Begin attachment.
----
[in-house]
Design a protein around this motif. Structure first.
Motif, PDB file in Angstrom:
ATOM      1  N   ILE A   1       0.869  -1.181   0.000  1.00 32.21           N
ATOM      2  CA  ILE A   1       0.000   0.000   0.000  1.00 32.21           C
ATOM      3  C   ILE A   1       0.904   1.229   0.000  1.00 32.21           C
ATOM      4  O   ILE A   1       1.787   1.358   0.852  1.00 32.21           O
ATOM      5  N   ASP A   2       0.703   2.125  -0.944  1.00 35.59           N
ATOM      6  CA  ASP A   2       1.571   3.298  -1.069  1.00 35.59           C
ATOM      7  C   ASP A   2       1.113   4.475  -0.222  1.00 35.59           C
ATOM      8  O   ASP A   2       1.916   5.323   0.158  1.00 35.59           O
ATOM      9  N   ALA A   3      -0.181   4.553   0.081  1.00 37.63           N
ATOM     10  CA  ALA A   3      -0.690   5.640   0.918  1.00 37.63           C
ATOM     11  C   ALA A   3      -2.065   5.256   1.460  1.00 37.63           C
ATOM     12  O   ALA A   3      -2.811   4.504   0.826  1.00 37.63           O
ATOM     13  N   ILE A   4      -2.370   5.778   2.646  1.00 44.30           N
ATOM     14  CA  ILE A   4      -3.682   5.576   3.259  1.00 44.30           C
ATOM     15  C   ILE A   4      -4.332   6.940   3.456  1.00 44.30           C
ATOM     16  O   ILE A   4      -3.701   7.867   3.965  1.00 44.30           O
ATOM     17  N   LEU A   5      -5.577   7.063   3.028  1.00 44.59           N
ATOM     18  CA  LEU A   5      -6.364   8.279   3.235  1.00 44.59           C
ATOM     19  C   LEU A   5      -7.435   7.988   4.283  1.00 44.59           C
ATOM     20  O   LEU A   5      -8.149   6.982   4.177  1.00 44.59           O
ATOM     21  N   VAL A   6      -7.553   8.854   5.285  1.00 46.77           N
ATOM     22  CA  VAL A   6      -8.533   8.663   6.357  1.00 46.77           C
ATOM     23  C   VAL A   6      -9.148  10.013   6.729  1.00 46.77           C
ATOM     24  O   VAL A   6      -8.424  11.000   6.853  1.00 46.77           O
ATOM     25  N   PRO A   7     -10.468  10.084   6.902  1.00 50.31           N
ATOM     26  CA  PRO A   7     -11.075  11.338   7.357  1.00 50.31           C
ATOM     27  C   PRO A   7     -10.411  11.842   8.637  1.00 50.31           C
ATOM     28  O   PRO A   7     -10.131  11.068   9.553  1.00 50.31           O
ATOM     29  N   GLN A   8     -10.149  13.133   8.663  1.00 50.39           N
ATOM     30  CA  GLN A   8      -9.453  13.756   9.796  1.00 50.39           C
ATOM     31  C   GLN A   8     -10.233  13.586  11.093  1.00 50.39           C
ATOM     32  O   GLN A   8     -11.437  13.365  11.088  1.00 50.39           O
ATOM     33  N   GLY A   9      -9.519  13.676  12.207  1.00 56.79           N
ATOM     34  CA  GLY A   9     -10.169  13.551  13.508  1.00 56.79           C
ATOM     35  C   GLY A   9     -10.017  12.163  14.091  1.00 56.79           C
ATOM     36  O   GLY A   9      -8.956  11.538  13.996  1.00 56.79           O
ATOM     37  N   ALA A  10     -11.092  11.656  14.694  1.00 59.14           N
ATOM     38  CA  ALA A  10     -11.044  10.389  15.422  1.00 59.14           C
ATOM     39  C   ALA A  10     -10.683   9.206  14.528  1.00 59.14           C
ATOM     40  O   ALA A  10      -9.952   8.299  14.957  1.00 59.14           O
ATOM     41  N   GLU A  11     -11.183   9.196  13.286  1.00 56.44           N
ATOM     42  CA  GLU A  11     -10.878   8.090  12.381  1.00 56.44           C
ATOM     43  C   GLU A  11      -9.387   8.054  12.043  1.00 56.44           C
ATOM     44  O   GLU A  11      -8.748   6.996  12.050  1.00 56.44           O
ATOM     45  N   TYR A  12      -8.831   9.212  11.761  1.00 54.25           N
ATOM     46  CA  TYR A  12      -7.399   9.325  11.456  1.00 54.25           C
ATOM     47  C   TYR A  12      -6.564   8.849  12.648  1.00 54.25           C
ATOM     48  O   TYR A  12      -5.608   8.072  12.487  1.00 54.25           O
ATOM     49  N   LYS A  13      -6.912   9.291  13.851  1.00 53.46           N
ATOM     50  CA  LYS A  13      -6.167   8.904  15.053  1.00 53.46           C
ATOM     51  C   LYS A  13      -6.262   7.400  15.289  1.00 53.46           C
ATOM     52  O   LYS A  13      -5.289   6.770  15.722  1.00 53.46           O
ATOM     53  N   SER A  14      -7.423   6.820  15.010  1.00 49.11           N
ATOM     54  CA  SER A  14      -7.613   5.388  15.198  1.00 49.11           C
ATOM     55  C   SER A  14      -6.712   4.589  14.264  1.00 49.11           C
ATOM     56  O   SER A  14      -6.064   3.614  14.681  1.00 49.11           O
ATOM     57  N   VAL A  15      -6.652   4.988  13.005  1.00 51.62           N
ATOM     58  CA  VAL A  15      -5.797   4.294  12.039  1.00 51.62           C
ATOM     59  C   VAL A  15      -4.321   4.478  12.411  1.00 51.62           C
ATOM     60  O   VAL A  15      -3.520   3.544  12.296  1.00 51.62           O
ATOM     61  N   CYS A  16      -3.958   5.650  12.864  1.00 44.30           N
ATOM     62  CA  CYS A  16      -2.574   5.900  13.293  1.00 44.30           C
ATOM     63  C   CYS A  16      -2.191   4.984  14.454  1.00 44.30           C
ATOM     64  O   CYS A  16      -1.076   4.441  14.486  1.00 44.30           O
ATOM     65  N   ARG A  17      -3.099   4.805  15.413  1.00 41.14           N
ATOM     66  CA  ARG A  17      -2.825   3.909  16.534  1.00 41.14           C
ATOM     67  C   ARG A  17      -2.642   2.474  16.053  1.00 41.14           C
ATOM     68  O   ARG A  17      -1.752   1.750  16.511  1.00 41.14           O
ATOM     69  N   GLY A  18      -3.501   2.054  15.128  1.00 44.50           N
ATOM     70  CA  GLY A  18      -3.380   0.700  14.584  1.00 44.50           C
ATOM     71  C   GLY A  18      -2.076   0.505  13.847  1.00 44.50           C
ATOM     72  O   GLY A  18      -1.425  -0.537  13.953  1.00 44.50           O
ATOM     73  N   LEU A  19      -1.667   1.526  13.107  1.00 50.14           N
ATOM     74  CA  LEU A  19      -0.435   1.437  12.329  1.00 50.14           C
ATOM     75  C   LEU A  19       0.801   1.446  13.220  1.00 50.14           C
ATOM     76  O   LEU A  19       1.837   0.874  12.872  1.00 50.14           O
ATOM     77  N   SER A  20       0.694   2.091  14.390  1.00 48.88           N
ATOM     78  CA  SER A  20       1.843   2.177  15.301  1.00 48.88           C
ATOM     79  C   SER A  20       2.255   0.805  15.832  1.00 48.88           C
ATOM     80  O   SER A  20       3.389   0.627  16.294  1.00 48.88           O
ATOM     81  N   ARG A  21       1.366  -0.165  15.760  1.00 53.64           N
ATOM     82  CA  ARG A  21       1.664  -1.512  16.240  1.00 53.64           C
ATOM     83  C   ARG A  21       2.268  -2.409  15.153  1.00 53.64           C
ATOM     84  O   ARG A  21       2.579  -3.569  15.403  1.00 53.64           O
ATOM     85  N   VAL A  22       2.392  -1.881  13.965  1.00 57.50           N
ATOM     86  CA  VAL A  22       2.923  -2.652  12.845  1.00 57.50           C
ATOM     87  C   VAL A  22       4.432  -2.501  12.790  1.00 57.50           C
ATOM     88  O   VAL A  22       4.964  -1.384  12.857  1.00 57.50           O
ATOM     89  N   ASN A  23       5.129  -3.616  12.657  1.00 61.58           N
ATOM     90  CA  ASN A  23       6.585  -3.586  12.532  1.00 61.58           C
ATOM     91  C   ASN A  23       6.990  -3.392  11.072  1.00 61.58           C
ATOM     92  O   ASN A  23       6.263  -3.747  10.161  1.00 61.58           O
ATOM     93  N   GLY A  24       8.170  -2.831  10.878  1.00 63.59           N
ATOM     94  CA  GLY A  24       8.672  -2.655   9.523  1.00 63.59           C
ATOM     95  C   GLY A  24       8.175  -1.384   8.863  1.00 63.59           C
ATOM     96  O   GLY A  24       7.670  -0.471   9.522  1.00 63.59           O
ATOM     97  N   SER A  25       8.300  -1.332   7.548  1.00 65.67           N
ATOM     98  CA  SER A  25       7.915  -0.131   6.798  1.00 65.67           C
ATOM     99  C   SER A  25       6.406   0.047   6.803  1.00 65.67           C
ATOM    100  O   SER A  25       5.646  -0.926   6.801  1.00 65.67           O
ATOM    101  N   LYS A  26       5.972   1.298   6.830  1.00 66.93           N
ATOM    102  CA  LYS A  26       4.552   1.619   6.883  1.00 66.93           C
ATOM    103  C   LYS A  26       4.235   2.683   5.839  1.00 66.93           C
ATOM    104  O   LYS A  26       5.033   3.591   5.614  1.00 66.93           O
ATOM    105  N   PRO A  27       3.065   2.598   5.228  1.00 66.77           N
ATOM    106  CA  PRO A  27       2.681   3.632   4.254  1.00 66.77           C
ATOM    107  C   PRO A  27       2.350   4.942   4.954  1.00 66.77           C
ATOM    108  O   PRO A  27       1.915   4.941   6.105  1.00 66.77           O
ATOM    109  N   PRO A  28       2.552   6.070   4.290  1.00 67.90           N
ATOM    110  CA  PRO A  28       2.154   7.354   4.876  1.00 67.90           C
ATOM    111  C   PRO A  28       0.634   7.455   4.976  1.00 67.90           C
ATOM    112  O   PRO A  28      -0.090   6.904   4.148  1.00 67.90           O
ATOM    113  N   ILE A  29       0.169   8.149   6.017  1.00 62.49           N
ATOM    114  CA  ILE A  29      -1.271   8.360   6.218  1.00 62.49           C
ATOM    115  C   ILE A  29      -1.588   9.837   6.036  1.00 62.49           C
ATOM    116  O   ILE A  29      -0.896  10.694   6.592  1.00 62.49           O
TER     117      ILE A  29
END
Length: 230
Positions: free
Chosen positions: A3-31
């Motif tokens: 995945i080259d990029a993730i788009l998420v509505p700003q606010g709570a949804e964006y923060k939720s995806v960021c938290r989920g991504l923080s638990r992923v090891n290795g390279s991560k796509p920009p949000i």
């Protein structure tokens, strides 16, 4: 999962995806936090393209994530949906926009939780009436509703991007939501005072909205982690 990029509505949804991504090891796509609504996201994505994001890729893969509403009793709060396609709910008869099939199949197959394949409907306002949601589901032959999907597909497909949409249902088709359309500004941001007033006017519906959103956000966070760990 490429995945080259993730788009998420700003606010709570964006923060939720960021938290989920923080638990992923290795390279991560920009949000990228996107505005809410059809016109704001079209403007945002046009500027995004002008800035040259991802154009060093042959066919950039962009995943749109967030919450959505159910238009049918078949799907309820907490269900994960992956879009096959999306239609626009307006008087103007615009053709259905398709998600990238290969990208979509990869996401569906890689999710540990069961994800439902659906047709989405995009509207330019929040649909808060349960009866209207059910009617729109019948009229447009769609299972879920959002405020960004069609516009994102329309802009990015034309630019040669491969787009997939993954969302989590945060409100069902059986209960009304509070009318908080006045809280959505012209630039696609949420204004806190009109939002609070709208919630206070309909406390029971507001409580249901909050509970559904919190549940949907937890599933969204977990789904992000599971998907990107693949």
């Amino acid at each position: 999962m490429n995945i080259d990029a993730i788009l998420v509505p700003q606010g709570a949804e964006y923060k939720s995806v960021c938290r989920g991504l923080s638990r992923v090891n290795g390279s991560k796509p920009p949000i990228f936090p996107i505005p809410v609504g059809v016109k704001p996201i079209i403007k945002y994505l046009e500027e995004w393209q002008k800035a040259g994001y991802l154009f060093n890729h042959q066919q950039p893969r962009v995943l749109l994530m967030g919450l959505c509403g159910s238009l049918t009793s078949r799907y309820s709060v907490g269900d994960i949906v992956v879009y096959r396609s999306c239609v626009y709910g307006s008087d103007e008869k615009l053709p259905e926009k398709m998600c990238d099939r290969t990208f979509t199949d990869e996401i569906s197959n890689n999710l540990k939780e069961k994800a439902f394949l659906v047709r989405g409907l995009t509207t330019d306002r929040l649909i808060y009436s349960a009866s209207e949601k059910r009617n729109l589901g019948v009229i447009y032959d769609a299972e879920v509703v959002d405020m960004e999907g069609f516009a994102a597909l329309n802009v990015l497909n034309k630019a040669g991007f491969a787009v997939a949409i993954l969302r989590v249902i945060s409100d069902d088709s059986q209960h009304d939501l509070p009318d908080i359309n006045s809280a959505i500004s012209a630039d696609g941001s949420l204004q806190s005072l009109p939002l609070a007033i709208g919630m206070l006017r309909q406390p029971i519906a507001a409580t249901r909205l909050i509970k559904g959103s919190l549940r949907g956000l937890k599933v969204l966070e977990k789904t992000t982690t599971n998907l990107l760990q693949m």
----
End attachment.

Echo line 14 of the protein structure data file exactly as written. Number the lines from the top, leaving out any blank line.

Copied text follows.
ATOM     11  C   ALA A   3      -2.065   5.256   1.460  1.00 37.63           C